Story URL: http://news.medill.northwestern.edu/chicago/news.aspx?id=116321
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Eric Brown explains his research on using nanotechnology to in experiments to detect and destory cancer DNA.


Nanotechnology could customize future cancer drug delivery

by Melissa Suran
Feb 16, 2009


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Melissa Suran/MEDILL

K. Ted Thurn (left) and Hans Arora (right) display and explain their research on using nanotechnology to eventually target and treat cancer.

In cancer treatment, it’s all about search and destroy – search out and destroy cancer cells while leaving healthy tissue unharmed.

A group of PhD candidates at Northwestern University are making the search far more precise with nanotechnology. The students are customizing nanoconjugates – submicroscopic titanium dioxide (TiO2) particles attached to biological molecules. Such conjugates can be designed to carry specific cancer treatments and then bind only to harmful cells that need to be detected and destroyed.

Hans Arora, Eric Brown and K. Ted Thurn presented their findings on using nanoconjugates to target cancer cells at the 175th annual American Association for the Advancement of Science, held in Chicago this weekend. The research is at the cellular, or test tube, stage and could take years to develop for actual treatment.


Arora’s work focuses on attaching Doxorubicin, one of the most widely used therapeutic chemical agents to treat cancer, to a nanoparticle as a way of possibly stealthily getting the Doxorubicin into the cell.

“Many cancers are resistant to Doxorubicin. As with many drugs, you run into problems of resistance,” Arora said. “Once [a nanoconjugate treatment is] in the cell, then it can’t be kicked back out again because it’s attached to a molecule.”

The nanopackaging and binding capacity of the nanoconjugates allows the chemical to pass across the cell membrane.

Arora, who is also pursuing a medical degree, is experimenting on ovarian cancer cells, although Doxorubicin-TiO2 nanoconjugates can be applied to many different cancers.

“It’s a cross between biology and chemistry,” Arora said.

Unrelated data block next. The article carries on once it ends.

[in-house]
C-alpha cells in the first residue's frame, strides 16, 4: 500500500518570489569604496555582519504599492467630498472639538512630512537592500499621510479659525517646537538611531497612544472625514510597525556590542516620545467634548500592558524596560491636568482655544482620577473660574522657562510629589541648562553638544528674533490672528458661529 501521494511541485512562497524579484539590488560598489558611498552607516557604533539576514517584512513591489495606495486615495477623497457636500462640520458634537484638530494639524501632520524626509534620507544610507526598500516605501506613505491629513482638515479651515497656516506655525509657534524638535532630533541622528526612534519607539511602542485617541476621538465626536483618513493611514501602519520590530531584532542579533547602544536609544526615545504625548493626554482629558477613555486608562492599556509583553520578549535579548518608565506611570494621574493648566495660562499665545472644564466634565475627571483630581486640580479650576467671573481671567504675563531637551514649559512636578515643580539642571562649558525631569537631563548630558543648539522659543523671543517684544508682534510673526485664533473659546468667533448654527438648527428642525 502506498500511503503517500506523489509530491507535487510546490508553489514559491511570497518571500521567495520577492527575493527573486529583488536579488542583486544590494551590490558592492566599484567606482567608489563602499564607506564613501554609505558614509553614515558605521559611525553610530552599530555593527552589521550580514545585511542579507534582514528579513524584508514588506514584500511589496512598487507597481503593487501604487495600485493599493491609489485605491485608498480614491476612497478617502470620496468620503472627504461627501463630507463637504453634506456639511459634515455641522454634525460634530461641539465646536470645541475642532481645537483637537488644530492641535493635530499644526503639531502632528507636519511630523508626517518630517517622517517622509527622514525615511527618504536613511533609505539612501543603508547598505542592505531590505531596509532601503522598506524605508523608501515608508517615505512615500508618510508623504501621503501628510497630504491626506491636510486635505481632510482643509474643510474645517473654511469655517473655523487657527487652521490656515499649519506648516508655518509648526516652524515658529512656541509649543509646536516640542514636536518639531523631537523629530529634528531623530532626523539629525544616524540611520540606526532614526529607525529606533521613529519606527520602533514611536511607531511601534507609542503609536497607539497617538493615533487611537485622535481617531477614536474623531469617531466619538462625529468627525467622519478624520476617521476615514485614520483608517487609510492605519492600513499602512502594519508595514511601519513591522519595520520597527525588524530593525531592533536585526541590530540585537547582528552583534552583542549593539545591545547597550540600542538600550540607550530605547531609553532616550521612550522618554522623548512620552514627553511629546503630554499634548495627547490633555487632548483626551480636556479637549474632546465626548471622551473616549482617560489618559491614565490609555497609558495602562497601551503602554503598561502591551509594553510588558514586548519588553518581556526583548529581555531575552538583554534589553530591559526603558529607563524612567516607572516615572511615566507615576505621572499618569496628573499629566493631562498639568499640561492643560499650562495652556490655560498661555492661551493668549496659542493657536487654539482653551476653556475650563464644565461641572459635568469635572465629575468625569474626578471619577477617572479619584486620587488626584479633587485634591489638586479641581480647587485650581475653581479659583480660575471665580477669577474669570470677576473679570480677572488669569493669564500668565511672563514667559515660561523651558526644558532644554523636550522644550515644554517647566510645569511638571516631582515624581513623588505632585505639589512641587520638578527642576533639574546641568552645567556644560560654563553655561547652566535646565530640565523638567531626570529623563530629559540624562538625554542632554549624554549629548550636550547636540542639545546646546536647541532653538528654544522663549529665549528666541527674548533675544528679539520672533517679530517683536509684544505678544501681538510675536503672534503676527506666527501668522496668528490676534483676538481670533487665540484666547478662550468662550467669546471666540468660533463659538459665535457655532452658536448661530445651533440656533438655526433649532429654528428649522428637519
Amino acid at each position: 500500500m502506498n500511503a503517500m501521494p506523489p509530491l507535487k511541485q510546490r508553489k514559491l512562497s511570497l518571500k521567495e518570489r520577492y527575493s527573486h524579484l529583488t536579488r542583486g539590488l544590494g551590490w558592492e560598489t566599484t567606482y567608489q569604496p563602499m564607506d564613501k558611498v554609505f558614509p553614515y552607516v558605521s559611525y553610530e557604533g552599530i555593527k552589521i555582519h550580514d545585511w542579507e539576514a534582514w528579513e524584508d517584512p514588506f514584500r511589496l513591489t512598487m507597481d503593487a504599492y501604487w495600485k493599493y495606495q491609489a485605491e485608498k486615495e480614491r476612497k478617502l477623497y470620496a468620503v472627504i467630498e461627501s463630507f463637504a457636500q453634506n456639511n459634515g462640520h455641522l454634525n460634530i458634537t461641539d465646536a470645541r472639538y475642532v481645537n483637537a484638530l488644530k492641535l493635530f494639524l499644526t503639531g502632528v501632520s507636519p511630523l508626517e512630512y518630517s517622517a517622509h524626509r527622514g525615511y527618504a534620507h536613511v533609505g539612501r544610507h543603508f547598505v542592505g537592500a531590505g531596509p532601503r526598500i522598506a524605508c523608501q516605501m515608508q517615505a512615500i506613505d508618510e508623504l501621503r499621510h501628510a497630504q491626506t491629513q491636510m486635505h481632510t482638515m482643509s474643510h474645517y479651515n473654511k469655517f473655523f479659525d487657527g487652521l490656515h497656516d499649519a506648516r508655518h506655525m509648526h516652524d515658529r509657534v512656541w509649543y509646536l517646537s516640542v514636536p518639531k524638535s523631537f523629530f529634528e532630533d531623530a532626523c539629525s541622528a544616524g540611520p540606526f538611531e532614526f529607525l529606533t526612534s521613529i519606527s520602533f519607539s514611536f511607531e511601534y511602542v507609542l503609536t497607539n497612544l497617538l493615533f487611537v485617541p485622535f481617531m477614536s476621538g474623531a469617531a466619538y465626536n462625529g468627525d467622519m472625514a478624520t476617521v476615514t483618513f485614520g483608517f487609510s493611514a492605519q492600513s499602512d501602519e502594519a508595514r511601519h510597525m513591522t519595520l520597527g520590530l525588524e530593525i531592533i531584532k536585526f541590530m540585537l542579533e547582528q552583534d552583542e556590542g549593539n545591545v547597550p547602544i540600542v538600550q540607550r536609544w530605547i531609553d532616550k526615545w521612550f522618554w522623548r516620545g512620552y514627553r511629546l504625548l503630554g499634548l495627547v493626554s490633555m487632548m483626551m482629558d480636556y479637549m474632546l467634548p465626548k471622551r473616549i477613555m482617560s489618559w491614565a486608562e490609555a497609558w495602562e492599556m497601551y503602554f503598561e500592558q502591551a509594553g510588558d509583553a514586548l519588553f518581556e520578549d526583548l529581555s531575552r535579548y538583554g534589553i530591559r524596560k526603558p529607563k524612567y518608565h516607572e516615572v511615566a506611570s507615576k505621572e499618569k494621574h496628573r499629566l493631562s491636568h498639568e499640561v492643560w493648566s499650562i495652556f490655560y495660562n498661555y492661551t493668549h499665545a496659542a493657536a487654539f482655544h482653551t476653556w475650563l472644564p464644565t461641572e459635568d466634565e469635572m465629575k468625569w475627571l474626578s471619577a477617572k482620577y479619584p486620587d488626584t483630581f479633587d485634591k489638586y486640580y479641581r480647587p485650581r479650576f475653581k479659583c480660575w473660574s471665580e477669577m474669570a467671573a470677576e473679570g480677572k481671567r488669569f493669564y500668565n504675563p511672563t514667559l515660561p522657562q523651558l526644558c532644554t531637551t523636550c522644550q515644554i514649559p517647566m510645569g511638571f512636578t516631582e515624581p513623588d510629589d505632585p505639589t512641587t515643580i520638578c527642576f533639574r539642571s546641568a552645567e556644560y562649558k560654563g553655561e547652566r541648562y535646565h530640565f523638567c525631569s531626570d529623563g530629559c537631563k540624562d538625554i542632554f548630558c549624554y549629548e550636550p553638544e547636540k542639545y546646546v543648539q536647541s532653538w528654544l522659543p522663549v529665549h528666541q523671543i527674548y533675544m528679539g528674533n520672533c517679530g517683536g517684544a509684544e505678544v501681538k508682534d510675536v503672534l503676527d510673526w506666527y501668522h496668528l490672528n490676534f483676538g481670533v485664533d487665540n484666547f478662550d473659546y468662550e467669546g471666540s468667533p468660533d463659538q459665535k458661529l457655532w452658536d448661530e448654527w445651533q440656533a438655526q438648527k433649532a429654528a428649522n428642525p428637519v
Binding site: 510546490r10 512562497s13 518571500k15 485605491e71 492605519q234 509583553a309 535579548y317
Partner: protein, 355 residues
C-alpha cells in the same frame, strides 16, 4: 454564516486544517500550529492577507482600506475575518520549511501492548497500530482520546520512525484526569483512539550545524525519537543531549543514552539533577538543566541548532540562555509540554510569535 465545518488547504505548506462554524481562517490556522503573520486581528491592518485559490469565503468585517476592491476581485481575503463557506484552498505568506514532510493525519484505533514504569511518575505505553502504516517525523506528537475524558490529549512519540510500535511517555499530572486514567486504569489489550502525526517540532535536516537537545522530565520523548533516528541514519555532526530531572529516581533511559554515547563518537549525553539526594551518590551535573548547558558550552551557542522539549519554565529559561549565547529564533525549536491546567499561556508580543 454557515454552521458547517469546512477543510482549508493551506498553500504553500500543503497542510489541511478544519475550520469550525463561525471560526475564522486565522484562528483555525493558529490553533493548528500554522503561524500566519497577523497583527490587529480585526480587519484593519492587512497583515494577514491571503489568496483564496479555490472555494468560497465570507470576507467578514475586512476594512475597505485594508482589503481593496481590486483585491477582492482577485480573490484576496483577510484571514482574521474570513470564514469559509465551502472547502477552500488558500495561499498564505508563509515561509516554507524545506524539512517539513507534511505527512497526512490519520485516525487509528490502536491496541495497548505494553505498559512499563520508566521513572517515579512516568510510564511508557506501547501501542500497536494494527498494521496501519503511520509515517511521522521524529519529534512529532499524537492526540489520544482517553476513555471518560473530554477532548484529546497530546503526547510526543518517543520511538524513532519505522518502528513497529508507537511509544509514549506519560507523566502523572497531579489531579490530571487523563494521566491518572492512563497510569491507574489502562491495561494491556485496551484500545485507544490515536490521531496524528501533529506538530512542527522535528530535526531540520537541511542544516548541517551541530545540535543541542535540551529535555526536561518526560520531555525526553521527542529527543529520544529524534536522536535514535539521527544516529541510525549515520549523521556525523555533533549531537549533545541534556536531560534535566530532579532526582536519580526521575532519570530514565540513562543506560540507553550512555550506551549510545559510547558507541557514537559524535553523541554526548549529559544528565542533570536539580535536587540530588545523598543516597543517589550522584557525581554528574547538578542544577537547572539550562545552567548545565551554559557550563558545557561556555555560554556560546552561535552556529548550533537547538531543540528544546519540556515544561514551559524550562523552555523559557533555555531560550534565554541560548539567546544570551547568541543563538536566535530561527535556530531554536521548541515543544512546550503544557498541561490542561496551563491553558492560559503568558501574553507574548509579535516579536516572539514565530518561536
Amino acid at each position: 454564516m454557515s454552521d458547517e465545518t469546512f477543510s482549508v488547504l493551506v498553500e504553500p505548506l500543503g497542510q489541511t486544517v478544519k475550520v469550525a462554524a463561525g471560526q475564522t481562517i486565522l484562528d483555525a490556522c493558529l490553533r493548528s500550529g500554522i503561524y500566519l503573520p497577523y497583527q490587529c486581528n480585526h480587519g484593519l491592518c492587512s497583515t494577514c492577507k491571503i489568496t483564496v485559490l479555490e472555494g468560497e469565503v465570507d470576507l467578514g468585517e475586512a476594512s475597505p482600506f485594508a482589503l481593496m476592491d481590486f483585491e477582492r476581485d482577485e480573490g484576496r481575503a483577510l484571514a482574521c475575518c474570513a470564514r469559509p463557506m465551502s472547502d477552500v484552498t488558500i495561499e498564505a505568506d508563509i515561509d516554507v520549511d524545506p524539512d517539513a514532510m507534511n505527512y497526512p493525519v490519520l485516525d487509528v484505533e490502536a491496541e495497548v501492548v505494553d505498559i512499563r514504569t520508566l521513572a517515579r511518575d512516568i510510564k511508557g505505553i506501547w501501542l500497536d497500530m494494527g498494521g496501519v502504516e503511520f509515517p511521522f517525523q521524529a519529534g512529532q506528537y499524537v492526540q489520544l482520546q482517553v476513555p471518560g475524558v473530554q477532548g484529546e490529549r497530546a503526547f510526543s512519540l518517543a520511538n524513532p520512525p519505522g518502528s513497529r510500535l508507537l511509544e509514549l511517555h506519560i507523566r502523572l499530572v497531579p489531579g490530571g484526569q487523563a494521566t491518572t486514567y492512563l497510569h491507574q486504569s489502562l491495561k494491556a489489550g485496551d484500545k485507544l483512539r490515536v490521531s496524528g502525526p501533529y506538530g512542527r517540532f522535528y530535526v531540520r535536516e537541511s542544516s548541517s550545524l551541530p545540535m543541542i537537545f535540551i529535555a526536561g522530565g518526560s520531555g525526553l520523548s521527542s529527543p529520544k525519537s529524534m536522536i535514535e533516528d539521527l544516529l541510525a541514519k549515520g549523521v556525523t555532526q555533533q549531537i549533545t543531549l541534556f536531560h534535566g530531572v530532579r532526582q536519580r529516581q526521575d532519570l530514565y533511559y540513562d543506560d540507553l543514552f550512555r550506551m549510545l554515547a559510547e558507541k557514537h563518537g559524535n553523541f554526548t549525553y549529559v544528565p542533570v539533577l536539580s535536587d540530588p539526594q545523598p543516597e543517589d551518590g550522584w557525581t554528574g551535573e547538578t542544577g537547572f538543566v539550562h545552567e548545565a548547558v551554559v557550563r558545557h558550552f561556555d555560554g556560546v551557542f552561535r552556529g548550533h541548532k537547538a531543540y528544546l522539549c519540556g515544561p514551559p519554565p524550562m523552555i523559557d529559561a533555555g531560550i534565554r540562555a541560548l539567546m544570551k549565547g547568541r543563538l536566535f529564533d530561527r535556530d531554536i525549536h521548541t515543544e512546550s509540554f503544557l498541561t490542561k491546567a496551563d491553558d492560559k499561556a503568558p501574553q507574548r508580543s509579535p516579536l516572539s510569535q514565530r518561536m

Thurn’s work focuses on investigating the ability of nanoconjugates to undergo endocytosis – the process by which cells absorb materials – to transfer cancer medications directly to targeted cells.

“If we’re using nanoparticles as a potential nanomedicine, one of the things you really need to understand at a very basic level is how nanoparticles interact with cells,” Thurn said.

By understanding how the endocytosis of nanoconjugates works, scientists can attach nanoconjugates with dyes to study ways to localize special parts of cells. By using fluorescent dyes, scientists can find where the nanoconjugate latched on in the cell, making sure they attached to the correct cellular structures. 

Scientists also can excite the cell and get it to emit a unique fluorescent by shooting x-rays at it. This way, they can see the concentration of various elements within the cell, confirming the location of the nanoconjugates.

“If we can understand how cancer cells take up these particles, we can target [the cancer] while not targeting the regular, normal cells,” Thurn said.

Brown’s research focuses on imaging breast cancer cells and destroying them. He targets cancer by attaching nanoparticles to peptide nucleic acids, or PNAs – artificially synthesized sequences of DNA that can bind to their natural and complementary DNA sequences within a cell. Brown said the PNA-TiO2 nanoconjugate should be able to recognize the cancer DNA and cleave it, killing it off while leaving healthy cells alone.

“We were worried that certain enzymes in the cell would attack the DNA-TiO2 nanoconjugate and destroy it,” Brown said. “If you put a PNA-TiO2 nanoconjugate into a cell, since it’s synthetic, the enzymes in the cell won’t recognize it so it won’t be able to degrade it.”

Because the backbone of the PNA Brown used is neutrally charged, it binds to the cancer DNA with higher affinity than traditional DNA, since DNA is negatively charged. The PNA-TiO2 nanoconjugate also retains hydrogen bonds, which are critical for the PNA-TiO2 nanoconjugate to bond with other DNA strands.

The problem with chemotherapy and radiation now is that it usually destroys many healthy cells as well as harms the patient. Brown’s technique would hopefully someday help cancer patients suffer less during treatment, as the technique would be more effective.

Similar to Thurn’s research, by using a titanium dioxide nanoparticle with a red dye and attaching it to a strand of the PNA, the nanoconjugate will not only target the harmful DNA, but also provide a way for scientists to see where the cancer is located. Eventually, scientists and doctors could use this technology in conjunction with MRI scans so the cancer can be located more easily.

Although such treatments won’t be available yet, the team hopes their research will be combined to create an ultimate nanoconjugate that could detect cancer early, destroy it before it spreads and leave the rest of the body unharmed.

“The earlier you detect it, the higher chance someone has to survive,” Brown said.

The students are in the Integrated Graduate Program in Life Sciences and working under the direction of Dr. Gayle Woloschak, who is in the process of establishing nanotechnology collaborations in Egypt.